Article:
Sunday, March 23, 2008

Bariatric Surgery Decreases Mortality in Obese Patients

Bariatric surgery is being used more and more today to fight obesity. And the surgery is effective. However, although bariatric surgery will likely lead to weight loss, there has always been some question as to whether obese patients who have the surgery actually live longer.

Well, a Swedish study goes a long way toward answering the very pertinent question: Does bariatric surgery decrease mortality? The study goes a long way, because, based on the study results, the answer is "yes." Bariatric surgery reduces mortality in obese patients when the weight loss surgery outcomes are compared to those from non-surgical weight loss treatments.

The Swedish study looked at 4047 obese patients where approximately half the patients underwent bariatric surgery, and the other half used non-surgical methods to lose weight. At the end of ten years, there were 129 deaths in the non-bariatric surgery group and 101 deaths in the bariatric surgery group.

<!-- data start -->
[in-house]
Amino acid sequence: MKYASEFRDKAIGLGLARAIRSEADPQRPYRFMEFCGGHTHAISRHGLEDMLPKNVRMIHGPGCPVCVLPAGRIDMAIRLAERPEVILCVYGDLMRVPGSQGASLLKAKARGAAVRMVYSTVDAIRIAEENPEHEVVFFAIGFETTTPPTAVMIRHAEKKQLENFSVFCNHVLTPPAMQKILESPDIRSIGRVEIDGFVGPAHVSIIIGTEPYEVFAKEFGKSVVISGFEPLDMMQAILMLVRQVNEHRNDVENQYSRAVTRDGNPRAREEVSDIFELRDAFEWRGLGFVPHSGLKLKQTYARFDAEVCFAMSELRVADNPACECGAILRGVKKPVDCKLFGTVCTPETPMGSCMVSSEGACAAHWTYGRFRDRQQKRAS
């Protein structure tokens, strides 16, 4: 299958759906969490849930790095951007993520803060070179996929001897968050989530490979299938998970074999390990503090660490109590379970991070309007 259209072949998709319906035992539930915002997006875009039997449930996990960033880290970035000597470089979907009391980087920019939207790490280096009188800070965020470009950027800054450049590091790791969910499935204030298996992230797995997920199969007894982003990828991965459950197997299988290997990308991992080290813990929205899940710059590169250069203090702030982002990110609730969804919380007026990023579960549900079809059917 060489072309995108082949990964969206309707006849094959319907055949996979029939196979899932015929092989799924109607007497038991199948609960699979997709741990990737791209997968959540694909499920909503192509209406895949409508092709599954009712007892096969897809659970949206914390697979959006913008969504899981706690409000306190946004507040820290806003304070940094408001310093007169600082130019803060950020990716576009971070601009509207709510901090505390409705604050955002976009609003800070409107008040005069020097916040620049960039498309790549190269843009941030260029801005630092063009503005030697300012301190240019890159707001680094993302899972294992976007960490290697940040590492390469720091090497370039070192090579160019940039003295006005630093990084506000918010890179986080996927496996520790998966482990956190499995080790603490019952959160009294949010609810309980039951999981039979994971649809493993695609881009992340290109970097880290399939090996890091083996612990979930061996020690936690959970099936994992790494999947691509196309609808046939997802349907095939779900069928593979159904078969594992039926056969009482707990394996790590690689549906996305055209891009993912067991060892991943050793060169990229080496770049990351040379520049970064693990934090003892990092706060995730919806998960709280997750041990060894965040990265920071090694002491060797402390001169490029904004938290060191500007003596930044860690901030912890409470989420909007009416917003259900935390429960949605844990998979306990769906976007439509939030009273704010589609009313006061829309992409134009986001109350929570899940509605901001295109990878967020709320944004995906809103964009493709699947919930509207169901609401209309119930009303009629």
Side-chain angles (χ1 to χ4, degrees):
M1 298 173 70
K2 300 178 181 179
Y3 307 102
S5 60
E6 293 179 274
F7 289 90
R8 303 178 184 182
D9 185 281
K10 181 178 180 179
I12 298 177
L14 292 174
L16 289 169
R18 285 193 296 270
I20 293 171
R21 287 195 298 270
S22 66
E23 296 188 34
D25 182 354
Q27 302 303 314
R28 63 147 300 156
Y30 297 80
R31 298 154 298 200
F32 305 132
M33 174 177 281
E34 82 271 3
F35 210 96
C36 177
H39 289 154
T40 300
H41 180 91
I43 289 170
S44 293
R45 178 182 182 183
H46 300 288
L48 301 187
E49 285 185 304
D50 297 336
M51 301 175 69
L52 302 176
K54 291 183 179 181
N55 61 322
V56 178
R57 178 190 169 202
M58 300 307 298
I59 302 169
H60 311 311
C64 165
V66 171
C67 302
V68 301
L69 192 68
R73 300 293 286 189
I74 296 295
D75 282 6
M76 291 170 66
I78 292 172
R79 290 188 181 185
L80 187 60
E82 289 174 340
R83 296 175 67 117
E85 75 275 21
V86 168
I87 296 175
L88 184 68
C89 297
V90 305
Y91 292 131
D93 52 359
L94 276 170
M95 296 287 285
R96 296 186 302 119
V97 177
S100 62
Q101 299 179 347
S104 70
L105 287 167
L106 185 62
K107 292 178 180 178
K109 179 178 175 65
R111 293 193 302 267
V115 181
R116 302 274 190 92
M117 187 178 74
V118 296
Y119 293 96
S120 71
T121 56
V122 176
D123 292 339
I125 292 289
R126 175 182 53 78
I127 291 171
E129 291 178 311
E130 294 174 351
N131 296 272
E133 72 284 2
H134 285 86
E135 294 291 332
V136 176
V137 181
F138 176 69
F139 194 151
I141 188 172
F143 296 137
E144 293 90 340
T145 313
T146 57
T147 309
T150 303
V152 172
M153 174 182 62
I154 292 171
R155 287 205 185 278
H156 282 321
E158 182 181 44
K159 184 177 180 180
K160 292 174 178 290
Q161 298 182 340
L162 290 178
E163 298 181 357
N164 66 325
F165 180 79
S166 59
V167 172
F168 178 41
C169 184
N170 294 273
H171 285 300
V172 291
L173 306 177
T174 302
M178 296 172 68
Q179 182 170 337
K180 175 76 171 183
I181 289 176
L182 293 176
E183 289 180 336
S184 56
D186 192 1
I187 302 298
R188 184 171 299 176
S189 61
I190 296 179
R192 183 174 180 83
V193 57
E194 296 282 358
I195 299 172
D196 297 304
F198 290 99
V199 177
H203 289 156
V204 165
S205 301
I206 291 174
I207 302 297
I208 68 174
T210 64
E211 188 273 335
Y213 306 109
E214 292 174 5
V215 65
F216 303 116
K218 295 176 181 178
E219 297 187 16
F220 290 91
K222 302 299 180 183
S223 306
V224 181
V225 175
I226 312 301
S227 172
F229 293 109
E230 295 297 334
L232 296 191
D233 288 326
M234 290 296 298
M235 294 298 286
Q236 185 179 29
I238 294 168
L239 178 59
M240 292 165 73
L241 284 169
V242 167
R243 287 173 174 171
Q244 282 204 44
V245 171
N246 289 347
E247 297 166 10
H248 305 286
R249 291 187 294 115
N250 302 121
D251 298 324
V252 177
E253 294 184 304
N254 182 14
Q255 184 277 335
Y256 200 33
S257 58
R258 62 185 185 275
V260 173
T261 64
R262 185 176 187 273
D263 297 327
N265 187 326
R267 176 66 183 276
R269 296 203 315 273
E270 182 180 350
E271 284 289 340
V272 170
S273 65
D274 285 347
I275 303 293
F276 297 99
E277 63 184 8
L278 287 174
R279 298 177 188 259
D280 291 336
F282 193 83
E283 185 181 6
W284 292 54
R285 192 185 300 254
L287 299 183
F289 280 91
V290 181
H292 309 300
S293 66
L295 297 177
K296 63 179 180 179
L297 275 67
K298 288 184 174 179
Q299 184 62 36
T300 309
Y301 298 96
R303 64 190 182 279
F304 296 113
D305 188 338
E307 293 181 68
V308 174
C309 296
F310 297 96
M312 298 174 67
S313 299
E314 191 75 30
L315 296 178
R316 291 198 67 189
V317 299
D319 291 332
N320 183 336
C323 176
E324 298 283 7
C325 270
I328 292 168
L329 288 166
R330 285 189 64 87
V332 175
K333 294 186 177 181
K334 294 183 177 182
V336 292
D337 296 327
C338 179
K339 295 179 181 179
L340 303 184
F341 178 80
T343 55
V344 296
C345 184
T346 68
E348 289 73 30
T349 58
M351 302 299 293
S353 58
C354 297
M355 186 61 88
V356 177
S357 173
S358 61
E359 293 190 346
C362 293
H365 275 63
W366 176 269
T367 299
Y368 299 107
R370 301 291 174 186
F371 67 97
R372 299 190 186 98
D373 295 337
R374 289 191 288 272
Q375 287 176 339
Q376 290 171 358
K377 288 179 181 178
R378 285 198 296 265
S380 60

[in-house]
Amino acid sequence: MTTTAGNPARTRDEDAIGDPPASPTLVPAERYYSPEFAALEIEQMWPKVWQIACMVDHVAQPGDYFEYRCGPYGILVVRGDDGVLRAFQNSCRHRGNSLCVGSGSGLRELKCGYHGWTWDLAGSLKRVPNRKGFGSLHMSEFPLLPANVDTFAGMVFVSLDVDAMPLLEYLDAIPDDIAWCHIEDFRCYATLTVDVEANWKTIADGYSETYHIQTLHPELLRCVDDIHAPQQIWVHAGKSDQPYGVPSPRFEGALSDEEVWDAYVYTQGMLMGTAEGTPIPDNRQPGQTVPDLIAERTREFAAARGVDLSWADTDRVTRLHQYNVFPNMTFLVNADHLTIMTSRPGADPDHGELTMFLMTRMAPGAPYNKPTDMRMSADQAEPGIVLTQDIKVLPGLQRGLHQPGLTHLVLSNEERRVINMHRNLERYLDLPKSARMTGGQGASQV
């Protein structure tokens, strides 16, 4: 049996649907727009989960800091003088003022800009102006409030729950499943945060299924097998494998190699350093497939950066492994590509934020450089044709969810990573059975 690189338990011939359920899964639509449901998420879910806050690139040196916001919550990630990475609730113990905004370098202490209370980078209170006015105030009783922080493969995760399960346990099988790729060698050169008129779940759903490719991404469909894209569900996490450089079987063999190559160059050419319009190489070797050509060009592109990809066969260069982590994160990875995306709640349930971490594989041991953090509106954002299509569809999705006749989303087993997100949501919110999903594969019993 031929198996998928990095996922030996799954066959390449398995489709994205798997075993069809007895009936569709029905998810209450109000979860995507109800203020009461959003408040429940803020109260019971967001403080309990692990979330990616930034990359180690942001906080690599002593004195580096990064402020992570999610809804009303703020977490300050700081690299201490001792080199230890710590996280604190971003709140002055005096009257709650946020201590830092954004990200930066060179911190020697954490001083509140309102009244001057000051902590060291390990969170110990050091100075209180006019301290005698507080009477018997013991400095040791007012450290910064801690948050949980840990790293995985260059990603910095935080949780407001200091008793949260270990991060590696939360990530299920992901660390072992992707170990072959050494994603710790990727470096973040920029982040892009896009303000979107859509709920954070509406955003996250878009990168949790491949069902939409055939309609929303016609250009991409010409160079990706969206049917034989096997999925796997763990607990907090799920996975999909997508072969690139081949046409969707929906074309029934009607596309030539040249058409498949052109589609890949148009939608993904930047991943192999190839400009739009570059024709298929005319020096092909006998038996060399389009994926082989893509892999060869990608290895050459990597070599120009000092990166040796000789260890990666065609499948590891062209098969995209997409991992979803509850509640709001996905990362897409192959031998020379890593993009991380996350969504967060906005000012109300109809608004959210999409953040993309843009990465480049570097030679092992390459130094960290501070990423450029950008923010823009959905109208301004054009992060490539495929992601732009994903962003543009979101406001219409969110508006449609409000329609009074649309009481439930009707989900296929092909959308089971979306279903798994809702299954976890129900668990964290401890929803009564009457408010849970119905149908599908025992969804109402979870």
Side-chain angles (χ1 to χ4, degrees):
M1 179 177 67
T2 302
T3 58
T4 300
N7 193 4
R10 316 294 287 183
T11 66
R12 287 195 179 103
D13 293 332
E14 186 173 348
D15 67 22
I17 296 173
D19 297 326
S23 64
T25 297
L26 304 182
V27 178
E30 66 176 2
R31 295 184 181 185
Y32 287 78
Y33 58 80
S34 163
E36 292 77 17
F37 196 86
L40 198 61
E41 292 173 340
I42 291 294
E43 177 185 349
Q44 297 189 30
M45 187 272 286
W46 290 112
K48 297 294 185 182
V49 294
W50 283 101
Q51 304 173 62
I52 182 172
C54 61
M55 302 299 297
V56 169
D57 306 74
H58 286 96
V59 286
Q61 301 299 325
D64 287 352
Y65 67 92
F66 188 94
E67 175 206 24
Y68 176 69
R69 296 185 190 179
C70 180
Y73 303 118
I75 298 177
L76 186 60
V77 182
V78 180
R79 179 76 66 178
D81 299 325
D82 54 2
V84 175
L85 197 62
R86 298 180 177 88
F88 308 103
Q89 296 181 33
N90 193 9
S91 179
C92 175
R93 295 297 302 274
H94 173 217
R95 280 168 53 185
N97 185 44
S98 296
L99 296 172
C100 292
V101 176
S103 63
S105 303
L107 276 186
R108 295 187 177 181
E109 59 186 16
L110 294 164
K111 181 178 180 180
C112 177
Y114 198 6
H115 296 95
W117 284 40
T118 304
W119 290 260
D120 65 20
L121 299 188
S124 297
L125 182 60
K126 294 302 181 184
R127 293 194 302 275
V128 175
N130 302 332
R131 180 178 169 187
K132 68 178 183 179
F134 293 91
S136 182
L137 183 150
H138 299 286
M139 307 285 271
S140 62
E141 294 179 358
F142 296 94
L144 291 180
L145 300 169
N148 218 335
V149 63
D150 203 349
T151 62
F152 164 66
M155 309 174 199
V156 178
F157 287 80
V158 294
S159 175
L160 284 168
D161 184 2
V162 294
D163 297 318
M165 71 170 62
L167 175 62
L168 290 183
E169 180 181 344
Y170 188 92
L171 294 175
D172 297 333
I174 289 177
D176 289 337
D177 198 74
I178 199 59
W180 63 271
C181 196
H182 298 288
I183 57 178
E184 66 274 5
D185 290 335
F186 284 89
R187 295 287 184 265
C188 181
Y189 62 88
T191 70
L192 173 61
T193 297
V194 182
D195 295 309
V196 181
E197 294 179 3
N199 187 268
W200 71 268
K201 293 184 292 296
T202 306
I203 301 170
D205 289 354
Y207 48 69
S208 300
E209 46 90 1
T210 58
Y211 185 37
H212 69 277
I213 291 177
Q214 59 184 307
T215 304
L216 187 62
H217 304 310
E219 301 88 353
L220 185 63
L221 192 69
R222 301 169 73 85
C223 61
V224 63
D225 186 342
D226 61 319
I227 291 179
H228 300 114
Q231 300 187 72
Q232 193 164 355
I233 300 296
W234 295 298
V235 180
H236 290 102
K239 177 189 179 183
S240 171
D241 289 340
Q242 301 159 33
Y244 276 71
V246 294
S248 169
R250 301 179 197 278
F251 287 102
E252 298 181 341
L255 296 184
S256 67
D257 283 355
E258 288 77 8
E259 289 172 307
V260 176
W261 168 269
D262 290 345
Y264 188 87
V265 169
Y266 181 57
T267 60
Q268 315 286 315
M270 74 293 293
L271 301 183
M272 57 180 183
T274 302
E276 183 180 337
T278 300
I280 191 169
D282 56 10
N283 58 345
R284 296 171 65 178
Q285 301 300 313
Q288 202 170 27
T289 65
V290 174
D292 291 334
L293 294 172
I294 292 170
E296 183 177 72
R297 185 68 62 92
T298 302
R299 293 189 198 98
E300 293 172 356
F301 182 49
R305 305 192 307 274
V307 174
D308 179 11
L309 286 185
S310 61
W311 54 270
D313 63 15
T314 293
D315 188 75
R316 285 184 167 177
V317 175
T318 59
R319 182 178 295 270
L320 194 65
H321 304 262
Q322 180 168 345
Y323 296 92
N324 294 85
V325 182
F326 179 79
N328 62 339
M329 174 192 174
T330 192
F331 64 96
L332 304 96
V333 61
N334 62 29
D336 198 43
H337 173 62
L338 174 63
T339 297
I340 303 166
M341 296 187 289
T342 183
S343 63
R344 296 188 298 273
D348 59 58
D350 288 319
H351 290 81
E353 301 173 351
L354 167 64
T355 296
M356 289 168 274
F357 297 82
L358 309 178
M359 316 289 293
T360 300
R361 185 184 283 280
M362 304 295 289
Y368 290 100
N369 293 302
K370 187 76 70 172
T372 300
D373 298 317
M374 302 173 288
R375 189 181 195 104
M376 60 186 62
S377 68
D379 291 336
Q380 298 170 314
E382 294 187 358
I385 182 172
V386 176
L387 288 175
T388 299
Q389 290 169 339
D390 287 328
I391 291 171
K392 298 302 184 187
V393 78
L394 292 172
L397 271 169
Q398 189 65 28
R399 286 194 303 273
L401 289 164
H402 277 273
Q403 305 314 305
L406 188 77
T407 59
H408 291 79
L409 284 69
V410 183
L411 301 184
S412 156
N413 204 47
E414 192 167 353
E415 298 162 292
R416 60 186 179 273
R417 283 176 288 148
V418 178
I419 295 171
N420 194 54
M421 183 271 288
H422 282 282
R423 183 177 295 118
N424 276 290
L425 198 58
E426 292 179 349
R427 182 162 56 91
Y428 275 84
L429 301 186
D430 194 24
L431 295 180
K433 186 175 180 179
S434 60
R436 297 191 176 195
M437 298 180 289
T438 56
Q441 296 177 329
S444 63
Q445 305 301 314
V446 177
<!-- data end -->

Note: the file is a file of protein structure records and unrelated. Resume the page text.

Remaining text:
So, there was a lower death rate of more than twenty percent for those who had undergone the surgery. We think this is worth noting, and we think this is something surgical weight loss or bariatric centers should emphasize when talking with obese patients who are considering the surgery.

And in marketing their bariatric surgical services, bariatric centers should let potential patients know that the surgery may lengthen a patient's life when compared to non-surgical weight loss treatments the obese patient might choose.


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